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J Neuroinflammation. 2013 Jul 11;10:82. doi: 10.1186/1742-2094-10-82.

DAP12 and CD11b contribute to the microglial-induced death of dopaminergic neurons in vitro but not in vivo in the MPTP mouse model of Parkinson's disease.

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CNRS, UMR 7225, Experimental Therapeutics of Neurodegeneration, Paris, France.



Parkinson's disease (PD) is a neurodegenerative disorder characterized by a loss of dopaminergic neurons (DN) in the substantia nigra (SN). Several lines of evidence suggest that apoptotic cell death of DN is driven in part by non-cell autonomous mechanisms orchestrated by microglial cell-mediated inflammatory processes. Although the mechanisms and molecular network underlying this deleterious cross-talk between DN and microglial cells remain largely unknown, previous work indicates that, upon DN injury, activation of the β2 integrin subunit CD11b is required for microglia-mediated DN cell death. Interestingly, during brain development, the CD11b integrin is also involved in microglial induction of neuronal apoptosis and has been shown to act in concert with the DAP12 immunoreceptor. Whether such a developmental CD11b/DAP12 pathway could be reactivated in a pathological context such as PD and play a role in microglia-induced DN cell death is a tantalizing hypothesis that we wished to test in this study.


To test the possibility that DAP12 could be involved in microglia-associated DN injury, we used both in vitro and in vivo toxin-based experimental models of PD recapitulating microglial-mediated non-cell autonomous mechanisms of DN cell death. In vitro, enriched mesencephalic neuronal/microglial co-cultures were exposed to the dopaminergic neurotoxin 1-methyl-4-phenylpyridinium (MPP+) whereas in vivo, mice were administrated with 1-methyl-4-phenyl-1,2,3,6-tetrahydropyridine (MPTP) according to acute or subchronic mode. Mice deficient for DAP12 or CD11b were used to determine the pathological function of the CD11b/DAP12 pathway in our disease models.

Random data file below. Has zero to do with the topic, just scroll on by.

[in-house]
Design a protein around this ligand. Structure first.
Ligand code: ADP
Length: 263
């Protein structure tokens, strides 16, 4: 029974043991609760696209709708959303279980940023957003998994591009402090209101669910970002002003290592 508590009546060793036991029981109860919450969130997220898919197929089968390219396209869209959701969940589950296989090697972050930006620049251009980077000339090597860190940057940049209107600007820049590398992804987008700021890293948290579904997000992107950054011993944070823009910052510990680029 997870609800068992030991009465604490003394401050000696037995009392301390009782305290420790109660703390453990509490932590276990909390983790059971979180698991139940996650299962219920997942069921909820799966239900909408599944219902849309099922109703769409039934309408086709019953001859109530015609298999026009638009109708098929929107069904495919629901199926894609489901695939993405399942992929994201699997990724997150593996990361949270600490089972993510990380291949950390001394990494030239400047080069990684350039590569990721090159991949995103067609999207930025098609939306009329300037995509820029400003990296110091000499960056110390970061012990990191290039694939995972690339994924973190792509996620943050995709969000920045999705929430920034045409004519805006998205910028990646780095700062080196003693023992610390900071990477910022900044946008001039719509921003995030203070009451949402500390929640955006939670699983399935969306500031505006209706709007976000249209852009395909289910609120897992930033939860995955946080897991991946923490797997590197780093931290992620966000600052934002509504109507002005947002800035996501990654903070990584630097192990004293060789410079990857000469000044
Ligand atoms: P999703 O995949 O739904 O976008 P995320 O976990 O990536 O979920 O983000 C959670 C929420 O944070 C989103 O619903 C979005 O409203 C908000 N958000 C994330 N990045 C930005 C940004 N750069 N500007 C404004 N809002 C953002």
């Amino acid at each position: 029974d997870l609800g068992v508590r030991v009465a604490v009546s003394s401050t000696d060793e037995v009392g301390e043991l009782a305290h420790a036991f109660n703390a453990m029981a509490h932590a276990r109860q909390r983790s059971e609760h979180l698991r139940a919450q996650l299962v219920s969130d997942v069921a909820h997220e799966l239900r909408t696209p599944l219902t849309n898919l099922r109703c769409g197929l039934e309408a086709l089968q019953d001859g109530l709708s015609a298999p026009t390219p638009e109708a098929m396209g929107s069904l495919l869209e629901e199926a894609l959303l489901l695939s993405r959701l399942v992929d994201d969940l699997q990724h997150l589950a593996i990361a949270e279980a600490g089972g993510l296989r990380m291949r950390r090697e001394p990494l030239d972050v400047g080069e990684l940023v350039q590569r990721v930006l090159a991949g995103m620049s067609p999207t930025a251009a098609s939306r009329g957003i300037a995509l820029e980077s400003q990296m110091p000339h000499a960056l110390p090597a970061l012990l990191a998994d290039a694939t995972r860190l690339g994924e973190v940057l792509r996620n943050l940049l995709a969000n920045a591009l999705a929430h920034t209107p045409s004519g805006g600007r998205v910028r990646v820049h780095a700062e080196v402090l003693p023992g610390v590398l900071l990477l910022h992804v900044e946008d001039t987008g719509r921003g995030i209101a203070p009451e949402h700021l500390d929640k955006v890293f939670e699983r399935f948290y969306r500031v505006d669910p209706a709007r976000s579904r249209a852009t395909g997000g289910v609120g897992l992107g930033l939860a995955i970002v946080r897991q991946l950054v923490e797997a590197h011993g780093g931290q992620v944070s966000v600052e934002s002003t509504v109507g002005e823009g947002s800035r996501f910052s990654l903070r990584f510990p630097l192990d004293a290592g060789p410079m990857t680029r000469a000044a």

Our results show that DAP12 and CD11b partially contribute to microglia-induced DN cell death in vitro. Yet, in vivo, mice deficient for either of these factors develop similar neuropathological alterations as their wild-type counterparts in two different MPTP mouse models of PD.


Overall, our data suggest that DAP12 and CD11b contribute to microglial-induced DN cell death in vitro but not in vivo in the MPTP mouse model of PD. Therefore, the CD11b/DAP12 pathway may not be considered as a promising therapeutic target for PD.

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